EDITORIAL: Sewage process transparent so far

Slow and steady progress demonstrates new way of looking at the huge project

It came as no real surprise to us that the majority of potential wastewater treatment sites for the west side of Greater Victoria are located on the West Shore, primarily in Colwood.

Despite consistent development in the past couple of years, our area still has the most open land of any in the region outside the Saanich Peninsula, which retains its farm country status for the most part.

The idea of publicizing a relatively large number of sites – 20 separate lots, both public and privately owned were identified, similar to the number for the eastside – is a refreshing change from the one large plant strategy previously put forward with Macloughlin Point.

We still shake our heads over that debacle, how the site was chosen and planning moved forward for a larger-than-allowed plant there; despite the fact appropriate zoning for such a structure had not yet been secured from the Township of Esquimalt.

In announcing 20 potential sites for the location of whatever aspects of this new idea for a sewage treatment system are decided upon, Westside Select Committee leaders Esquimalt Mayor Barb Desjardins and Colwood Mayor Carol Hamilton distanced the current group from the old guard, who pushed hard for the Macloughlin plan.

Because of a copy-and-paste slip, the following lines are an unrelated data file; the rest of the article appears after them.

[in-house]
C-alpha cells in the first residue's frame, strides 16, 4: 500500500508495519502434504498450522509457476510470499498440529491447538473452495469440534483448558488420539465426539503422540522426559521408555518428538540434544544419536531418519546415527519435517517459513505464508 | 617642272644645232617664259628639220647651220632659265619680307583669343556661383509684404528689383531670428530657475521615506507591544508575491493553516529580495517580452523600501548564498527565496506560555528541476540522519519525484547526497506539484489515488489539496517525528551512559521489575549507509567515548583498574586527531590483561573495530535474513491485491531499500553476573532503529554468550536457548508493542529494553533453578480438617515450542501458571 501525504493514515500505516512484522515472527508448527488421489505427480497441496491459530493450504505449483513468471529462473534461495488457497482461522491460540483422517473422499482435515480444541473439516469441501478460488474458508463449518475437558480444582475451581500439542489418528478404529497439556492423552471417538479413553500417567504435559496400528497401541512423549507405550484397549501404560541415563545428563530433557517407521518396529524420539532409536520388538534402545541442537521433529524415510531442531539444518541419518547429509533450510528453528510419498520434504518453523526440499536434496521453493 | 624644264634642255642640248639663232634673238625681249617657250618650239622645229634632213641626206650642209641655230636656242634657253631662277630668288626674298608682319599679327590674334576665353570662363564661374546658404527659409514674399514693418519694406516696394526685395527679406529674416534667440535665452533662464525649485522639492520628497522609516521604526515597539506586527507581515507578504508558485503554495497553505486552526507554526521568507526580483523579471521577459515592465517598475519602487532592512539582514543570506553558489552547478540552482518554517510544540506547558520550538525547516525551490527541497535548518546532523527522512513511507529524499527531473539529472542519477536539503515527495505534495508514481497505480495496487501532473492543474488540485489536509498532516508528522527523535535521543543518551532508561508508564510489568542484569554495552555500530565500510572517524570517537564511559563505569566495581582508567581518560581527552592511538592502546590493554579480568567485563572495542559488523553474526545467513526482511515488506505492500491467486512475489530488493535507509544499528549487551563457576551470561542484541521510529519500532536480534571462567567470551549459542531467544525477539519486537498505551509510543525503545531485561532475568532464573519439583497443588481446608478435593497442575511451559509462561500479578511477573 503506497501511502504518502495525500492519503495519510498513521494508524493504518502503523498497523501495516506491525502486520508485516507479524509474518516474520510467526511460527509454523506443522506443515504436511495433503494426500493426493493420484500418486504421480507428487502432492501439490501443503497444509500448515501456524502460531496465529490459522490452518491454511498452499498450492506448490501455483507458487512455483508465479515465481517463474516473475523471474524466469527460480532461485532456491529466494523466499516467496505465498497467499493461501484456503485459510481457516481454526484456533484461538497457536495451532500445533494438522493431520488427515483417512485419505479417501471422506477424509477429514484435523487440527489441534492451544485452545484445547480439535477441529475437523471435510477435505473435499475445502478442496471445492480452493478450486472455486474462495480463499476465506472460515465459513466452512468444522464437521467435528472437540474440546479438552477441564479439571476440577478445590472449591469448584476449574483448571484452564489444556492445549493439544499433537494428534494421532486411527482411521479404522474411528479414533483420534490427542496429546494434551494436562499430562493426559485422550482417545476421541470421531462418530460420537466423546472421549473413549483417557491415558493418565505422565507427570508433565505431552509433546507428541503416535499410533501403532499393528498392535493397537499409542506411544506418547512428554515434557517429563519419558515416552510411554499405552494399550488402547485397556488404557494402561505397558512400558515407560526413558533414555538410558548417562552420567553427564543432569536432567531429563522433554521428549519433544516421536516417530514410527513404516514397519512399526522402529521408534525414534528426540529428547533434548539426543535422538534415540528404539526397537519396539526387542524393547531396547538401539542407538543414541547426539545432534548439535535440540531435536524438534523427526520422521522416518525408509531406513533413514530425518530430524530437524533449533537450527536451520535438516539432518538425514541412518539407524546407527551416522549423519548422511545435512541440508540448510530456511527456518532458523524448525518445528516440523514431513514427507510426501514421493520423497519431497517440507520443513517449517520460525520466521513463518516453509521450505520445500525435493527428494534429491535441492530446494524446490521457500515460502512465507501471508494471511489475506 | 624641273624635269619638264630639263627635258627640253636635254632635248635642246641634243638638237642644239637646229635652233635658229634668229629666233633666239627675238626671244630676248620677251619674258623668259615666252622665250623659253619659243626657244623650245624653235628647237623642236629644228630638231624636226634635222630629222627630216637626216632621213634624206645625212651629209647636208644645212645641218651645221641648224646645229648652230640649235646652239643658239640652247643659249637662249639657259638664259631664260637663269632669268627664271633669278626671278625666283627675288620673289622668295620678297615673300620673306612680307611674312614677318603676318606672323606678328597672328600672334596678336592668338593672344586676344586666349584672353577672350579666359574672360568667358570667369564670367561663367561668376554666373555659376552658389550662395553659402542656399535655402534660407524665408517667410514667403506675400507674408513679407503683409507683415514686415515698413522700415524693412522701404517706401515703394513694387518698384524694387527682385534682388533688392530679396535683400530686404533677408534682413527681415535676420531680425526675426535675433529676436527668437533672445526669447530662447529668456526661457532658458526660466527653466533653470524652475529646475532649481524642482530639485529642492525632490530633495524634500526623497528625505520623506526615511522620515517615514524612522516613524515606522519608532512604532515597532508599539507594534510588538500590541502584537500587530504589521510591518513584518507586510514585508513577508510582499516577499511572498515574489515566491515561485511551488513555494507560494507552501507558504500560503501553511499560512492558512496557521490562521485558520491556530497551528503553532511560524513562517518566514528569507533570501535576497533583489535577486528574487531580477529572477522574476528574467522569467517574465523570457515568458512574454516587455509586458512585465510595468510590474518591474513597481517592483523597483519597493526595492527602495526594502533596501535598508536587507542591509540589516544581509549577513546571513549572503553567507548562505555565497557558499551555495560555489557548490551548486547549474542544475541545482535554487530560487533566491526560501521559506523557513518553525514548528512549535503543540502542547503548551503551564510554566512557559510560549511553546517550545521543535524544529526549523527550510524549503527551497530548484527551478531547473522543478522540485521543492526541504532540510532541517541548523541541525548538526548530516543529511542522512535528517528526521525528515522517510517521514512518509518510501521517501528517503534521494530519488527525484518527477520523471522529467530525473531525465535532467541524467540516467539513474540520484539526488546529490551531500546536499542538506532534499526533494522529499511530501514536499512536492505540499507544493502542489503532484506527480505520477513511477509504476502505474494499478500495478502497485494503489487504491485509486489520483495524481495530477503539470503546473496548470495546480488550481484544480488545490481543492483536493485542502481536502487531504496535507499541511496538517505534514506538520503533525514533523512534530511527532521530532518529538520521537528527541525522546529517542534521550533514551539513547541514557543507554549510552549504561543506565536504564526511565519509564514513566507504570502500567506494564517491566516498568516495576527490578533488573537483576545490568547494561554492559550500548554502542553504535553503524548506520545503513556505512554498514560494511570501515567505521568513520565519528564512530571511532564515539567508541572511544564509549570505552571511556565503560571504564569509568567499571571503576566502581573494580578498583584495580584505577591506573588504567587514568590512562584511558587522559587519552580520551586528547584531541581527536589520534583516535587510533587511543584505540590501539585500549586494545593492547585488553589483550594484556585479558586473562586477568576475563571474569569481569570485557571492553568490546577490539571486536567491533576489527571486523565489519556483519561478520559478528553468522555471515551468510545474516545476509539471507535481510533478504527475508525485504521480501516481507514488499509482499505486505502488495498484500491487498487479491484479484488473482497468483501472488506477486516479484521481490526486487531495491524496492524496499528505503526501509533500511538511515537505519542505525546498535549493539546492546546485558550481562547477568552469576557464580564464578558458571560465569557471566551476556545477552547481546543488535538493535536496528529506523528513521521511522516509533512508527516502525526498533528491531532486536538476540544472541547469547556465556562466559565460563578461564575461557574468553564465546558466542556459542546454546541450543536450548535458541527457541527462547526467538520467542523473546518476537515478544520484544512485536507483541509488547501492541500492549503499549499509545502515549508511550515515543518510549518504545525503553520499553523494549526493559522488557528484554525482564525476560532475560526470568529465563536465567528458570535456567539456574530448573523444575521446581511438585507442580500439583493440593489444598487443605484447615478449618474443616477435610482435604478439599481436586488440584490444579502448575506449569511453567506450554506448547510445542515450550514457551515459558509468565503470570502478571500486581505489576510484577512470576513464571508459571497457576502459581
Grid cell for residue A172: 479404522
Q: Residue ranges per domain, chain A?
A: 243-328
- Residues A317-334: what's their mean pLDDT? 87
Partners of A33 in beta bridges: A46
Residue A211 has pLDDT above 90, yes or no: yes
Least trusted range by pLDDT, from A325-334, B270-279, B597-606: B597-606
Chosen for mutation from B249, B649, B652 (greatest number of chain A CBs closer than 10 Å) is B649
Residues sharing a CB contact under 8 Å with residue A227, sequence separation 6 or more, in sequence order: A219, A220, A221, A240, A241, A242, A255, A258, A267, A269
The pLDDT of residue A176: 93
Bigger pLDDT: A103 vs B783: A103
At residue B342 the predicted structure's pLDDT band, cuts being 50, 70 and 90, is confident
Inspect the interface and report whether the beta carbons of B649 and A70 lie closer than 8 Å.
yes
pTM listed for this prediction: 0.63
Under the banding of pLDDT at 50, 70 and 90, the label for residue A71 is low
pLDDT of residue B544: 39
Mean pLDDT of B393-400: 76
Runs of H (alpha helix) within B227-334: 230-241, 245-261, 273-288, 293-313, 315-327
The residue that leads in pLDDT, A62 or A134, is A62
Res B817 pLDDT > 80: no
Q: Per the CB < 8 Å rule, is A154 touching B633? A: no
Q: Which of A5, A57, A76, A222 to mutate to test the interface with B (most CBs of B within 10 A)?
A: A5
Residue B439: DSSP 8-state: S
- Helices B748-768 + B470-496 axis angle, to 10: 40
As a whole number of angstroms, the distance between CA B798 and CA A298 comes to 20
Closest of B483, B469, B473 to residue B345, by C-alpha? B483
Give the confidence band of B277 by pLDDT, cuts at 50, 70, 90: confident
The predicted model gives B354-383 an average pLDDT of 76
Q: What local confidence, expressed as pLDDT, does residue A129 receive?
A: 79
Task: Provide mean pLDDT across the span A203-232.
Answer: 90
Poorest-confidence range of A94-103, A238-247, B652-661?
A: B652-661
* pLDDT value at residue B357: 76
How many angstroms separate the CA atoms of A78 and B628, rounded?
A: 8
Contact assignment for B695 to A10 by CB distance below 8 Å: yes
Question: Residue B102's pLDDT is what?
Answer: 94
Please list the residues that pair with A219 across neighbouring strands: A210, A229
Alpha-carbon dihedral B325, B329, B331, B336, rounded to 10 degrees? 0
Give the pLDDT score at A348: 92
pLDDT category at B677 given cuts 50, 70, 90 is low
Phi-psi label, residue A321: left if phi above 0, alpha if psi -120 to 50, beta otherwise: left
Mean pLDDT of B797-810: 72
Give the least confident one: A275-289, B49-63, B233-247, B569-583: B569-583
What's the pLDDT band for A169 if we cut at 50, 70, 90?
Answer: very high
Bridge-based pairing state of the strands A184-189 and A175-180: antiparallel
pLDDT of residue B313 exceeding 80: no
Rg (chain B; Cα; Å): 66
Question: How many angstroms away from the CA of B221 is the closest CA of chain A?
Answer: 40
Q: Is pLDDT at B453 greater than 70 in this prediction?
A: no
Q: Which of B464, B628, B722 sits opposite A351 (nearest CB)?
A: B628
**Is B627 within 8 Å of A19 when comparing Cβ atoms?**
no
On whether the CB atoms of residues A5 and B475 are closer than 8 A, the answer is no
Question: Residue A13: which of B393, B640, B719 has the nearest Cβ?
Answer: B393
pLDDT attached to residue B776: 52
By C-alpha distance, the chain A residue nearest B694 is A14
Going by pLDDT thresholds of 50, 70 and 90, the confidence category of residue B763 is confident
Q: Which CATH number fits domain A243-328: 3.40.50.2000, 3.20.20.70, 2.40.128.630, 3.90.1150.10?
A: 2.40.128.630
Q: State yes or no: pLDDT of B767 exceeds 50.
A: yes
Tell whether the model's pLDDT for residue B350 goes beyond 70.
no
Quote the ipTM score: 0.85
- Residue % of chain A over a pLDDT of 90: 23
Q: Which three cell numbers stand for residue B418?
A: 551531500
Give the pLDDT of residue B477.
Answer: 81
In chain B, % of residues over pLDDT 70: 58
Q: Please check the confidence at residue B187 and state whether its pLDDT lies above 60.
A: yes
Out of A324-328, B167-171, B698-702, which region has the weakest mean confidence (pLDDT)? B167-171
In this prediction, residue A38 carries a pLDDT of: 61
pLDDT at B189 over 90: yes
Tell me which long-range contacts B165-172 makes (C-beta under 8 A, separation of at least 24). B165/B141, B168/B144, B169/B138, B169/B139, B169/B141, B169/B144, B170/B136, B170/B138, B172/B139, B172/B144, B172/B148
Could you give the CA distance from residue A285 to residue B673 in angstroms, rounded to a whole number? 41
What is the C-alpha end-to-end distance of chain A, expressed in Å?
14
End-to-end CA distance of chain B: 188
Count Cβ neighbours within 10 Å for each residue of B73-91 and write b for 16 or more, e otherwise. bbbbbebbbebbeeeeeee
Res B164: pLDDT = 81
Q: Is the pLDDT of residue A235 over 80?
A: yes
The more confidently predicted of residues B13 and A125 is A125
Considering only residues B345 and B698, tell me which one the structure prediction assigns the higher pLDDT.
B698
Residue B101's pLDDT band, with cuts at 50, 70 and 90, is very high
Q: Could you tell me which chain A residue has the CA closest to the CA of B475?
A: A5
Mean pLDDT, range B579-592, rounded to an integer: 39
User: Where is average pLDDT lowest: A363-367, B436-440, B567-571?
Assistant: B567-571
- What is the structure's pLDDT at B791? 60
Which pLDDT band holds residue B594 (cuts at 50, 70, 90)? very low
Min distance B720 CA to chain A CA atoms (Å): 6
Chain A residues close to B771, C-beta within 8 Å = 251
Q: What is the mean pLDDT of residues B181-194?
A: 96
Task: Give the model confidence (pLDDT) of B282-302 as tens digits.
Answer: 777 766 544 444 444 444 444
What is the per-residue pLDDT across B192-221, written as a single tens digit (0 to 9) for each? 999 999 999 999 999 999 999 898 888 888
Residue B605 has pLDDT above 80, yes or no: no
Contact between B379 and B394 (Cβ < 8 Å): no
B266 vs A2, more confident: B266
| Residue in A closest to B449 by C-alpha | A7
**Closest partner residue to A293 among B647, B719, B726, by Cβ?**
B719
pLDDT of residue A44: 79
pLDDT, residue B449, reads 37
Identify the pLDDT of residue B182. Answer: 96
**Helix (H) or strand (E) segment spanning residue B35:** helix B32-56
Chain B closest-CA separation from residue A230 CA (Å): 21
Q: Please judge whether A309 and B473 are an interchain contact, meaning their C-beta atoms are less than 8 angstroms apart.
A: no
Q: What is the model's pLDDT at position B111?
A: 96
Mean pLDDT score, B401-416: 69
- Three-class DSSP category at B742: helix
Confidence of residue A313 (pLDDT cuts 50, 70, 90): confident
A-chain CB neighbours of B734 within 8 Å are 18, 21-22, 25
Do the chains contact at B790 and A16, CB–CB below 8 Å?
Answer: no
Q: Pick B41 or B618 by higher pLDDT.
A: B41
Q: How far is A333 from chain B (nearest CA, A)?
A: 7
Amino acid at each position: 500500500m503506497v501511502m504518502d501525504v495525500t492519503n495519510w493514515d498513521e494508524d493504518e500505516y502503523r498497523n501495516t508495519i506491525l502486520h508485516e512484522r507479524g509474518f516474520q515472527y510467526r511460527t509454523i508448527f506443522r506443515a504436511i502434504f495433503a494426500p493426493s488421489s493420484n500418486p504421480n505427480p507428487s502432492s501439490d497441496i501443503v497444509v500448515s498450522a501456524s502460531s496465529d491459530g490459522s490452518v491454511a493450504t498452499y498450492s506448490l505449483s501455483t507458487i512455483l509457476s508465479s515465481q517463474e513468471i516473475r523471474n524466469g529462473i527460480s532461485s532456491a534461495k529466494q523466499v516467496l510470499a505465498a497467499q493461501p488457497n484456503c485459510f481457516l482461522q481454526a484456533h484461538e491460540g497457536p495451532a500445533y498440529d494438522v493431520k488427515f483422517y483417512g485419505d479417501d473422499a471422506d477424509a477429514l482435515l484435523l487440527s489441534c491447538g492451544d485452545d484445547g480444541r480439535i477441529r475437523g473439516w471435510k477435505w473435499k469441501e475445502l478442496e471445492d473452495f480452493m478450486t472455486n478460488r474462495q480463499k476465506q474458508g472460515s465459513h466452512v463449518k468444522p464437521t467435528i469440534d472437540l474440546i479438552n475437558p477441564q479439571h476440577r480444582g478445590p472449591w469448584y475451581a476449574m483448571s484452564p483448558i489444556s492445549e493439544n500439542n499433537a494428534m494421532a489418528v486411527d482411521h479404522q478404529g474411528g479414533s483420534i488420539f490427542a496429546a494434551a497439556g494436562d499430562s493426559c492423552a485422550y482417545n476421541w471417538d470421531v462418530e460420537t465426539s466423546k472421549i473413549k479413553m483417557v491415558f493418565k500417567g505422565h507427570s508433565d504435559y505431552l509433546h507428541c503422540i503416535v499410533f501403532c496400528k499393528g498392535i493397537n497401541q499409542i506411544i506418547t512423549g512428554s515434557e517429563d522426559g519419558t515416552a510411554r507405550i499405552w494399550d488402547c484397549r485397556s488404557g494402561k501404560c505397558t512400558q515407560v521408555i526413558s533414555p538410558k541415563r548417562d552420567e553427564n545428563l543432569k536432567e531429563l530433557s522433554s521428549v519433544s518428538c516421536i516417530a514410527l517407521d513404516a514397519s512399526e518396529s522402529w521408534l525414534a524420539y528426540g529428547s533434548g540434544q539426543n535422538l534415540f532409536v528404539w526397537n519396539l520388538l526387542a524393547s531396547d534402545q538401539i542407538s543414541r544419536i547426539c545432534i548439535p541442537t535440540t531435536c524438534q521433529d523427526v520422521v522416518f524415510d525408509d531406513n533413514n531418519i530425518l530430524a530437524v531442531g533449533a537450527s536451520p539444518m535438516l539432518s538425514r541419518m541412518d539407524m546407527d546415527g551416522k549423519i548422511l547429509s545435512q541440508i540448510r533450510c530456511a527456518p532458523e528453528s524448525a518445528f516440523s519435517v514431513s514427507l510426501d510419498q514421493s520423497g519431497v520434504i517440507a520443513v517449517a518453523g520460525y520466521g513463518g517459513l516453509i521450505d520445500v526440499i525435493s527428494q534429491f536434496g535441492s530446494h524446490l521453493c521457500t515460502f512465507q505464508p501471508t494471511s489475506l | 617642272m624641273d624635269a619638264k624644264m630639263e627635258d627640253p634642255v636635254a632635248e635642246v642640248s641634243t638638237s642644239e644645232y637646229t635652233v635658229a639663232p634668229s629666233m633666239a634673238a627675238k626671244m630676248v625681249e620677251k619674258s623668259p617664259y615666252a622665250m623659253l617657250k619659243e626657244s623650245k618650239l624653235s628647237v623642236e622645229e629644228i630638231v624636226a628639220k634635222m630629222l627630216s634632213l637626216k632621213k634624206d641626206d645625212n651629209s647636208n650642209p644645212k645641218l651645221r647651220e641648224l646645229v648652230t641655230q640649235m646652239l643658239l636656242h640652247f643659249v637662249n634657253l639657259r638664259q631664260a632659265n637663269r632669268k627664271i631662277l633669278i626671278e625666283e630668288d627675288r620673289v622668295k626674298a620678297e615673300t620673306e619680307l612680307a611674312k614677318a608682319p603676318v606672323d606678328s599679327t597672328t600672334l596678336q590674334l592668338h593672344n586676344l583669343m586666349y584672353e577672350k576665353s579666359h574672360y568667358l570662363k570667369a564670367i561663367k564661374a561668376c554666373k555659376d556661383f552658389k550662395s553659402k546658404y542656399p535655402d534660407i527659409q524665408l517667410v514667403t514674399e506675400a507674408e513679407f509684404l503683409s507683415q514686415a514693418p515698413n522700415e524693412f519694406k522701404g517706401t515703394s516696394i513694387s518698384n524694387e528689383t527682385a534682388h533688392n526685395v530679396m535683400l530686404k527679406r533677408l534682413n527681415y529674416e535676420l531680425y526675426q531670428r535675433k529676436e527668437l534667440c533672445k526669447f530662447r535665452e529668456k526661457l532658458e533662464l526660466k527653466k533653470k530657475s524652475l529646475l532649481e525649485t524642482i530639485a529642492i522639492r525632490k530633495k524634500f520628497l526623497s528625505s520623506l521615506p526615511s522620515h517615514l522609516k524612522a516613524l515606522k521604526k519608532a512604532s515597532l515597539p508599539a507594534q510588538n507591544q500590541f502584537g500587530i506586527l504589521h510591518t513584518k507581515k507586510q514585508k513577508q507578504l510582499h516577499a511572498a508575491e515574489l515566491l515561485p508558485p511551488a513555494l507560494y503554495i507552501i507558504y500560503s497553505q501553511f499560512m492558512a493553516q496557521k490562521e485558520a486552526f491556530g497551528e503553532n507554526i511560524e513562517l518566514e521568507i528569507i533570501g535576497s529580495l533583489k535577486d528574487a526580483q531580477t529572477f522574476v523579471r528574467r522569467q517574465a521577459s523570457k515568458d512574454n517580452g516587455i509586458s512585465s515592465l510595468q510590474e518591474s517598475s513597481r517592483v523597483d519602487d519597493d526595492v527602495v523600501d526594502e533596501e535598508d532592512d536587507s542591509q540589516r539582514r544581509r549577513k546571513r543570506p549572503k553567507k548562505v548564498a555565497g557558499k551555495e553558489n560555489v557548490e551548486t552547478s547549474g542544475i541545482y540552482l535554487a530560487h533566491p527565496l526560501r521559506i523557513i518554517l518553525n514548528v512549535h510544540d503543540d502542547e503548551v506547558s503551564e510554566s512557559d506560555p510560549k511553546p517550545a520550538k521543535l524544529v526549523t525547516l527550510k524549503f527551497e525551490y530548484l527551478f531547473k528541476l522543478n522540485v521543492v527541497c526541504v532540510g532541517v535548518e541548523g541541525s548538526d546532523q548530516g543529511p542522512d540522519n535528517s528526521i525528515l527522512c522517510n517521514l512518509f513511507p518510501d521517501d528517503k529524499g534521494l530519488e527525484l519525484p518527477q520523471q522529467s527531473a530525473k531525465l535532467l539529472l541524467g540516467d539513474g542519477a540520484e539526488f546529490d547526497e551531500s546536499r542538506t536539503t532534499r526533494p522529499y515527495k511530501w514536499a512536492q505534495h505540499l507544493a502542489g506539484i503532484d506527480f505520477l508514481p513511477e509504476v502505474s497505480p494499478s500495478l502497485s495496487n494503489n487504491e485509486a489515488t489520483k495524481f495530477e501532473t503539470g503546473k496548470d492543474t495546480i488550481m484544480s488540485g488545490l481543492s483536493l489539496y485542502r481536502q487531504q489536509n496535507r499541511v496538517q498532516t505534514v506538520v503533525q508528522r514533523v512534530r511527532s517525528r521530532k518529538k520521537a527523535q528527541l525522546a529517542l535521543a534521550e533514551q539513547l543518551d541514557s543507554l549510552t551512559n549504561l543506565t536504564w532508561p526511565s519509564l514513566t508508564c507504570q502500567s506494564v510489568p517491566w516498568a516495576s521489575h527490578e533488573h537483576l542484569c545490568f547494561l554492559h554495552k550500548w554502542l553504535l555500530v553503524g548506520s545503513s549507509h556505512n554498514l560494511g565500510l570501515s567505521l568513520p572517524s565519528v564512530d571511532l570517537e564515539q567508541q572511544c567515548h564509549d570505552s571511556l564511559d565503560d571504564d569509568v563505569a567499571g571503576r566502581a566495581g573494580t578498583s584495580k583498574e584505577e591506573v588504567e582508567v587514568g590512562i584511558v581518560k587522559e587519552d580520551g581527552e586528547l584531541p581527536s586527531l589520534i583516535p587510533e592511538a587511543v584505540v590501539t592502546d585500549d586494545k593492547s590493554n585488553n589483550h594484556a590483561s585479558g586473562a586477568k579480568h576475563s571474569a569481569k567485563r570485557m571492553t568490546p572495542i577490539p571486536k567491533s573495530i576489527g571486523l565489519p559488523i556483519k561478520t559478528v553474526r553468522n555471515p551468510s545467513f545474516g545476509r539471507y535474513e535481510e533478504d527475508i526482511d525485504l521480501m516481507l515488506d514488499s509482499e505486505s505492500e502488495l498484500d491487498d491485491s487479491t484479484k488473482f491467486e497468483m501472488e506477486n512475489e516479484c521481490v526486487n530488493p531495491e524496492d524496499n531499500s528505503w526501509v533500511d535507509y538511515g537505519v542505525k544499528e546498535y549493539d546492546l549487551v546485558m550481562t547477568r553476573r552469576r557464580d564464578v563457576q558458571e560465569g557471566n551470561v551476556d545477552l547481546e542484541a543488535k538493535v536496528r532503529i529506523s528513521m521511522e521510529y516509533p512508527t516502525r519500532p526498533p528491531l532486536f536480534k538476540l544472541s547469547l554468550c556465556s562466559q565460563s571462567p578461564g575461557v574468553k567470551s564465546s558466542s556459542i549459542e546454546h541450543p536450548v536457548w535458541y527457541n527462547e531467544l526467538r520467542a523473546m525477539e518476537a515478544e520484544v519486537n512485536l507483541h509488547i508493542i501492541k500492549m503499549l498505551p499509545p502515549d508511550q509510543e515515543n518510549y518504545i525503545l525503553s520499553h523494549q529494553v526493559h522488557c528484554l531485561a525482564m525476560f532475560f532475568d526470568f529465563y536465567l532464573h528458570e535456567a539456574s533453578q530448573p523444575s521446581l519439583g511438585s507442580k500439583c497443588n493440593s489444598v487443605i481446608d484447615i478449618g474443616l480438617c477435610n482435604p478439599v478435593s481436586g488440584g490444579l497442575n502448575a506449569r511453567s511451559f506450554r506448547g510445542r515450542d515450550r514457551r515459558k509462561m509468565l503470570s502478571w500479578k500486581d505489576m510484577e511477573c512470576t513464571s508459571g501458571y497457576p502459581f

“In my mind, the most important thing here is that we don’t do the missteps that we may have done in the past; that we ensure the public is always part of the process,” Desjardins said last week.

Is the prevalence of sites in Colwood and Langford going to cause the same ruckus in those communities the Macloughlin plan did in Esquimalt? None of the sites identified will likely be immune from public criticism.

But at least the process of determining the shortlisted sites appears so far to be more transparent than it was in the previous attempt to get the provincially and federally mandated sewage treatment done. While technical open houses may not hit the mark with all residents, in the case of this multi-million dollar projects, there should be no opportunity for the public to say their elected officials aren’t listening.

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